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Formula One future Nurburgring still not secured


By Berthold Bouman

After receiving a major financial boost last week, an official of the German Nurburgring today admitted the circuit can not pay Ecclestone’s sanctioning fee to secure the 2013 German Grand Prix. Last week it was understood the race would be on for next year, as the German state of Rhineland-Palatinate, who also own 90 per cent of the track, had released 254 million Euro to guarantee the short-time future of the circuit.

Nurburgring 1937

The circuit got into financial problems after spending 235 million Euro in 2009 on re-developing the circuit. Last week track boss Jorg Lindner said, “I am very optimistic that Formula One will be going to the Nurburgring next year.” He also announced he would be talking with FOM CEO Bernie Ecclestone during the summer, to discuss the Formula One future of the classic race track.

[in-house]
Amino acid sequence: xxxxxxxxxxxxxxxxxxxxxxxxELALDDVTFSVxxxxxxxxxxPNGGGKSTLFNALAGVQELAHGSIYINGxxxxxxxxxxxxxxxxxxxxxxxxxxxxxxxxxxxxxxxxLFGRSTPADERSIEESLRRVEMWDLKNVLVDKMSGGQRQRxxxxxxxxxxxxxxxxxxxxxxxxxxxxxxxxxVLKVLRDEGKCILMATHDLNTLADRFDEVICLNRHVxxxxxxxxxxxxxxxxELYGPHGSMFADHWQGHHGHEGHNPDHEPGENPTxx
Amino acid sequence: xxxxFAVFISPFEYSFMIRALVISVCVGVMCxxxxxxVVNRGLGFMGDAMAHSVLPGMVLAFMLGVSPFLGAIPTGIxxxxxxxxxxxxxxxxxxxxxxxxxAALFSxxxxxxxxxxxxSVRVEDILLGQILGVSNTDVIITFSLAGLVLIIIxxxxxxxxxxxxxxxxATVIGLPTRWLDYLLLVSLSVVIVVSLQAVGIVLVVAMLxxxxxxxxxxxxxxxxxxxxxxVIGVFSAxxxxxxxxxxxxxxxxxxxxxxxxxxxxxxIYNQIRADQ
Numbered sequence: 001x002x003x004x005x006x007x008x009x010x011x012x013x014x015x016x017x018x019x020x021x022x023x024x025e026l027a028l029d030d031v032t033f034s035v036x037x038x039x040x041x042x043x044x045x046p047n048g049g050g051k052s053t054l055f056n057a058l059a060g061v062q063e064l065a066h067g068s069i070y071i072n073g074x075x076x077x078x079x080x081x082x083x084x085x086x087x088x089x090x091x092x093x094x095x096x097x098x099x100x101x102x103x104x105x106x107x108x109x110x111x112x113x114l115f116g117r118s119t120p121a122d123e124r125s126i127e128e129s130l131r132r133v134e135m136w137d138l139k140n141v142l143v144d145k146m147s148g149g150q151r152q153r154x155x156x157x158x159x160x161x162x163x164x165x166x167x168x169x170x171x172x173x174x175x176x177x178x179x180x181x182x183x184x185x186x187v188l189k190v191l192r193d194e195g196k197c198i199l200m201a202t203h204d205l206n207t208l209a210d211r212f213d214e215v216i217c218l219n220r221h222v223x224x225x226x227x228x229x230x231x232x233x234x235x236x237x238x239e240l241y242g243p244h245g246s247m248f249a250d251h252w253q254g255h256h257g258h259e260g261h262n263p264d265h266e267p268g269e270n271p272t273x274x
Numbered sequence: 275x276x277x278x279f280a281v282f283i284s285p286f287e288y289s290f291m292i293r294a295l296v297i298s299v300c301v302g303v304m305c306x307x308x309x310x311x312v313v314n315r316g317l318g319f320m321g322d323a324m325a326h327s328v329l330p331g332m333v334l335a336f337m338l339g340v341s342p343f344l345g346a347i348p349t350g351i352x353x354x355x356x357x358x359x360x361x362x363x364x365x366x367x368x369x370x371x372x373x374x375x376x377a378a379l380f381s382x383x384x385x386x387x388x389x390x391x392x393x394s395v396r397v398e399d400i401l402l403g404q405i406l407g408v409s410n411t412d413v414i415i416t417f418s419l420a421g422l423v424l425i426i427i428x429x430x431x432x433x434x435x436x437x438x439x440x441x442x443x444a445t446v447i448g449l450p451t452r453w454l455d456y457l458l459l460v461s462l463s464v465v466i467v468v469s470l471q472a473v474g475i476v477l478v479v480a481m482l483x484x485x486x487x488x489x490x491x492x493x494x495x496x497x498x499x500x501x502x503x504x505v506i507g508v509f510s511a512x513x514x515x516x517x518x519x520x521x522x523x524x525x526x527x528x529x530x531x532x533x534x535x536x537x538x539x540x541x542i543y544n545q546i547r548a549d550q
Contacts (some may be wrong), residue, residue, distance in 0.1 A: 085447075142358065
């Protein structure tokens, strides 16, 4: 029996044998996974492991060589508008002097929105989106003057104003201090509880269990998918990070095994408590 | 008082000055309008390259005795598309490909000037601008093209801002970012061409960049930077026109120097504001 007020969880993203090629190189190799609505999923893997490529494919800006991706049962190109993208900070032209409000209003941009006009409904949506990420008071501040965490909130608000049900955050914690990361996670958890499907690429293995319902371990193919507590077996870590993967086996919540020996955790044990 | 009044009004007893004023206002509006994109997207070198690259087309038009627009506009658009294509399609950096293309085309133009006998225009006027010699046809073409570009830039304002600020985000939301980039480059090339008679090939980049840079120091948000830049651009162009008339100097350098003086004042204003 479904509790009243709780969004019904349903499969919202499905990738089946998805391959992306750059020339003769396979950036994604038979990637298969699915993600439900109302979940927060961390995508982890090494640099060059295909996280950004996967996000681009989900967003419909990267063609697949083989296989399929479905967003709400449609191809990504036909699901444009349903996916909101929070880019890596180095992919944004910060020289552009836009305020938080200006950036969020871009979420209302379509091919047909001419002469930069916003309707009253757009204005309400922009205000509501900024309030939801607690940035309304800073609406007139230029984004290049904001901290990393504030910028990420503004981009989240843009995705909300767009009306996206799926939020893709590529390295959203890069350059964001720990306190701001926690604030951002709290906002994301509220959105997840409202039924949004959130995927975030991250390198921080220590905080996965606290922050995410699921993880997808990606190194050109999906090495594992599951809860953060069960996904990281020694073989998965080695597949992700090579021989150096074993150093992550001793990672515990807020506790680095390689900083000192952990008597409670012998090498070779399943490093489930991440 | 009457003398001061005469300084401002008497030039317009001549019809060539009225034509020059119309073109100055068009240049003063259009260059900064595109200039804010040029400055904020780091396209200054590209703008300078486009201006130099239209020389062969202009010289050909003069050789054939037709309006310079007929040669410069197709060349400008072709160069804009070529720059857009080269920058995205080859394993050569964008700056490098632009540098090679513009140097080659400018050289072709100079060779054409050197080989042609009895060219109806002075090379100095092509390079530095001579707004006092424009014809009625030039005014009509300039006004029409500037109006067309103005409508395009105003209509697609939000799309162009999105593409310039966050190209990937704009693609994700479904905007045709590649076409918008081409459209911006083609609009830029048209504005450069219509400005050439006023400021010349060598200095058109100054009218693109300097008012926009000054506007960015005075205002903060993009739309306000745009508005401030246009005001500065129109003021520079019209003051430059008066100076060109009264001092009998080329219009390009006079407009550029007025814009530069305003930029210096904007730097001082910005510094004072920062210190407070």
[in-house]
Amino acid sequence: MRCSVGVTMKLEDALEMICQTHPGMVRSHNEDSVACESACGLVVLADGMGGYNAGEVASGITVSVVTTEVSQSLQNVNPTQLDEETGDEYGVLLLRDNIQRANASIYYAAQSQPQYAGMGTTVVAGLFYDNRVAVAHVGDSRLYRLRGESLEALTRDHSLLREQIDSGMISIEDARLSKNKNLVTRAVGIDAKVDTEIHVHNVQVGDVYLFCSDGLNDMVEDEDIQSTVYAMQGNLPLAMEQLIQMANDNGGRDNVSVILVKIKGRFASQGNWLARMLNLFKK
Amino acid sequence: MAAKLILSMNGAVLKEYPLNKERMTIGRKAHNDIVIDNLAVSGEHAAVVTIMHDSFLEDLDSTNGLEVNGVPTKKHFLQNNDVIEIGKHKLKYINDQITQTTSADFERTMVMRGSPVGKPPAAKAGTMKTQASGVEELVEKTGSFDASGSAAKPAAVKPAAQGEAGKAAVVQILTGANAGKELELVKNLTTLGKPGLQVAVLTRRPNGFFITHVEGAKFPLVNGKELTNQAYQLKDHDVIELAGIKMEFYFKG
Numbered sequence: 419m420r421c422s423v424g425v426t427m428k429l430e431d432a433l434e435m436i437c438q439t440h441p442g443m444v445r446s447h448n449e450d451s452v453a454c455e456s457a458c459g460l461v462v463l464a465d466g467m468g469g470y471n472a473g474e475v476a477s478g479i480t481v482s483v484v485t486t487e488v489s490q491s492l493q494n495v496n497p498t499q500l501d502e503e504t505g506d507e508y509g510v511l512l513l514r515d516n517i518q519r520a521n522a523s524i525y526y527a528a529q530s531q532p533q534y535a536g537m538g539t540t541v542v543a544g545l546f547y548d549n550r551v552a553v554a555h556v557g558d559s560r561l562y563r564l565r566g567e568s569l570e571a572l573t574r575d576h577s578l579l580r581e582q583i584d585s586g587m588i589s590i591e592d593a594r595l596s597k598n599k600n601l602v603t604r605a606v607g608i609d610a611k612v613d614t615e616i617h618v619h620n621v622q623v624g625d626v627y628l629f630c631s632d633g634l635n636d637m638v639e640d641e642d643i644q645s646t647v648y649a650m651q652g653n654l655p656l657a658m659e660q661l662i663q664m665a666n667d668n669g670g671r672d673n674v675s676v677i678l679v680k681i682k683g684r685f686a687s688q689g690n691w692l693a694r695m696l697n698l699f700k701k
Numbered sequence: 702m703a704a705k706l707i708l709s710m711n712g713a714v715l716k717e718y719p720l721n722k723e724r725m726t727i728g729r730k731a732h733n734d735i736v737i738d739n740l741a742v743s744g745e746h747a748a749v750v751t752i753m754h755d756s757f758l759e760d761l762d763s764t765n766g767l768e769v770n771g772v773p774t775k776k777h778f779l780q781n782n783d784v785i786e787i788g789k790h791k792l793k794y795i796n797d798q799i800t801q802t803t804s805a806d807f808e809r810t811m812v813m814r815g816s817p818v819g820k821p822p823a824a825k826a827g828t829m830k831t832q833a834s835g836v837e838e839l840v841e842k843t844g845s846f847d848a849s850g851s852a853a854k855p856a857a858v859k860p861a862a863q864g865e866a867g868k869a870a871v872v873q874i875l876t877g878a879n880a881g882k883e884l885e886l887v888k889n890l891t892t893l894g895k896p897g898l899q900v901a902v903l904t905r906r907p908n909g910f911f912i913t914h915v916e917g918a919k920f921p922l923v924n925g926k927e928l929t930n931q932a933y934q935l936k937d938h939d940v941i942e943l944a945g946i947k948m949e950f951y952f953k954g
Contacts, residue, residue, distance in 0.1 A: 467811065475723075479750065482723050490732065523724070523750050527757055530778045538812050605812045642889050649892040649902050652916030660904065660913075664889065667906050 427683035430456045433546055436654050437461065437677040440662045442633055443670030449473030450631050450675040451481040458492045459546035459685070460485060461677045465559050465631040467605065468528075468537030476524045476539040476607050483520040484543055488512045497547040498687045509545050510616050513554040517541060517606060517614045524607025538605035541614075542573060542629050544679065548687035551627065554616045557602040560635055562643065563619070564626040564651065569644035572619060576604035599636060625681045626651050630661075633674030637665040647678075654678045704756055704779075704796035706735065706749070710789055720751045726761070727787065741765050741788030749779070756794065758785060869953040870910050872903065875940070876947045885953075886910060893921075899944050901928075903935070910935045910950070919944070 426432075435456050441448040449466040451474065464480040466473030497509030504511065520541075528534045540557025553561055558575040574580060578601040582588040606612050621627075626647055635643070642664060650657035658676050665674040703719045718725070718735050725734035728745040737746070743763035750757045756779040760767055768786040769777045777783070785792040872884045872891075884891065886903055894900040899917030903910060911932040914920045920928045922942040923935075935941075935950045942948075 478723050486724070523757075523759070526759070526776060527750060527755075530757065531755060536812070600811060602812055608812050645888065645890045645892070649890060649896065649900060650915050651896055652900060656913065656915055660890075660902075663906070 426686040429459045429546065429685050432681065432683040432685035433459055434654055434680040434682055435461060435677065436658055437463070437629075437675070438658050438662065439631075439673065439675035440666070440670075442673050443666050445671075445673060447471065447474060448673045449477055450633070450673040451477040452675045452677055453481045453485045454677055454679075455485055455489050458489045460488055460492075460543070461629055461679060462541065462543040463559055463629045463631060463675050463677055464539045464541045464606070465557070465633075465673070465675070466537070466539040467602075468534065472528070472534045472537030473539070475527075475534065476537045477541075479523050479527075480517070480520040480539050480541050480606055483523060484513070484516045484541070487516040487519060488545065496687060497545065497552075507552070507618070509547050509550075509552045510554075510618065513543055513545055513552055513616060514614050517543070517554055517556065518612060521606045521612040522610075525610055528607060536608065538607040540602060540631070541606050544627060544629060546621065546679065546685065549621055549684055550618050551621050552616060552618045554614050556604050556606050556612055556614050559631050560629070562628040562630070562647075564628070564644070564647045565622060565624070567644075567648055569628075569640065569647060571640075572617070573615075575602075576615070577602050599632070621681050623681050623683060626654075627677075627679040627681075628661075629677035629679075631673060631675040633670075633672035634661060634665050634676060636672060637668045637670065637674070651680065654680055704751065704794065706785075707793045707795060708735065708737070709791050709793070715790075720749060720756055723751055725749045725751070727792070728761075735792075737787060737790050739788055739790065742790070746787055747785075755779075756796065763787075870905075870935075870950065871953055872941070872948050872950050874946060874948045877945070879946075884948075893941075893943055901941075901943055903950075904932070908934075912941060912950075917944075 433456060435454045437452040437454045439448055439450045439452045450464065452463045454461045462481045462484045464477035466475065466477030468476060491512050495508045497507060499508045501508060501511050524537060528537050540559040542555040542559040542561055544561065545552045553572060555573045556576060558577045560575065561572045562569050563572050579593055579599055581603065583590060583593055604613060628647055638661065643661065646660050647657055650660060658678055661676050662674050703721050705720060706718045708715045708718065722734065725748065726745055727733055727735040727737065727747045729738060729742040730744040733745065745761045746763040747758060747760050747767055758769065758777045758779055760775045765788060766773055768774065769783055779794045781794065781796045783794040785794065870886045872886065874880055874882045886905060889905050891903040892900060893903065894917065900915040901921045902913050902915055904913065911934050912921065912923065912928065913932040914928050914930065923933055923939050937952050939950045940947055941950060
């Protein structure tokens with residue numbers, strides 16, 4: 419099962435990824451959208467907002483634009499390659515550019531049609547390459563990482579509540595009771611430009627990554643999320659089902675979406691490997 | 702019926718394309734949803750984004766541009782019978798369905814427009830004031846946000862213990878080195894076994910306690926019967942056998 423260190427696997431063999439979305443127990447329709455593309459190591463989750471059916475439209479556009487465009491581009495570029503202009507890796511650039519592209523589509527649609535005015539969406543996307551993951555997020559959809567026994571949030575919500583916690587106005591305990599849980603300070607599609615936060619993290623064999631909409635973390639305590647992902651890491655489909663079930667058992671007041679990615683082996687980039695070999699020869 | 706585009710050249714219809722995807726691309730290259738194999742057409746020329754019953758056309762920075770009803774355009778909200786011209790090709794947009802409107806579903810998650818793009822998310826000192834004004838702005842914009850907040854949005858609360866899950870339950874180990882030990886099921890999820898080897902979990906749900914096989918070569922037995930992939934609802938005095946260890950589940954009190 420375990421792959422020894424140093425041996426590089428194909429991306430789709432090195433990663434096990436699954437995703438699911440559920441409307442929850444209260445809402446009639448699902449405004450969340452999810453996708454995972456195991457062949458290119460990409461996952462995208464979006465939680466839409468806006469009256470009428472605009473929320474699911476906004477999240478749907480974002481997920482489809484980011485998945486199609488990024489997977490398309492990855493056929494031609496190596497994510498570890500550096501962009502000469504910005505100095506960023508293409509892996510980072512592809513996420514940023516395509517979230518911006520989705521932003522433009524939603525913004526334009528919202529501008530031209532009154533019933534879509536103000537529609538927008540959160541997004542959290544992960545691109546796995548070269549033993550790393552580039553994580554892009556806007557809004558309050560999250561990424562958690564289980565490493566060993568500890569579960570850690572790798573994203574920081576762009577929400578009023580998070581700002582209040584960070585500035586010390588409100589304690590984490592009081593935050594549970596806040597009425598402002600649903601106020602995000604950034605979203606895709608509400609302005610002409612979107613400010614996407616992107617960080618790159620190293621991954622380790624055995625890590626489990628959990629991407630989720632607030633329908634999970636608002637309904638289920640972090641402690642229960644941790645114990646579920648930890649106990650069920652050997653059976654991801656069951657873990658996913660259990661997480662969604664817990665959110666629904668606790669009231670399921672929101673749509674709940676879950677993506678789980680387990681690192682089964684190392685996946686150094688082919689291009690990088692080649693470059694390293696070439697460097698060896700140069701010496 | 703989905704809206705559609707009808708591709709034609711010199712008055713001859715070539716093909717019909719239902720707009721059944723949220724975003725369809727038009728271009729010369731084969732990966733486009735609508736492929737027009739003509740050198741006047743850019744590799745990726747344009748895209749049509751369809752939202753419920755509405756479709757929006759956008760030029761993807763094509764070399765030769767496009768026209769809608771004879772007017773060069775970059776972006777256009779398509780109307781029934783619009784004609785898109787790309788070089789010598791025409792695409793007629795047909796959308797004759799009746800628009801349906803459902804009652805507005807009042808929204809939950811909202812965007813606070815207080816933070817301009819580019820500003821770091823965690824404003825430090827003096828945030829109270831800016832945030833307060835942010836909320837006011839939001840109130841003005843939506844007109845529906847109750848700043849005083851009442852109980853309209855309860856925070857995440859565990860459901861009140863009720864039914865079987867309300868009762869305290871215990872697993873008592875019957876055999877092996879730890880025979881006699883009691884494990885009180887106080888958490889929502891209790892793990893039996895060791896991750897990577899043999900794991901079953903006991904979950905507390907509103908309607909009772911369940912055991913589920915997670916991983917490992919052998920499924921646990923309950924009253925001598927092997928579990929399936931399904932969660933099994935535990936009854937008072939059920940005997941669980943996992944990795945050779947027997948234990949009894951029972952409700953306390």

But today news emerged the circuit can not pay Ecclestone’s usual sanctioning fee. Head of Development of the Nurburgring Thomas Schmidt said today, “We simply don’t have that kind of money. If Ecclestone accepts an offer without this typical fee, we can certainly keep Formula One.”

Last month there were even rumours Ecclestone could buy the Nurburgring himself to secure the race for 2013, but that will certainly not happen. “We don’t want to lose any of the racetracks, and we need to keep the race in Germany,” said Ecclestone last week. “We will do our best.”

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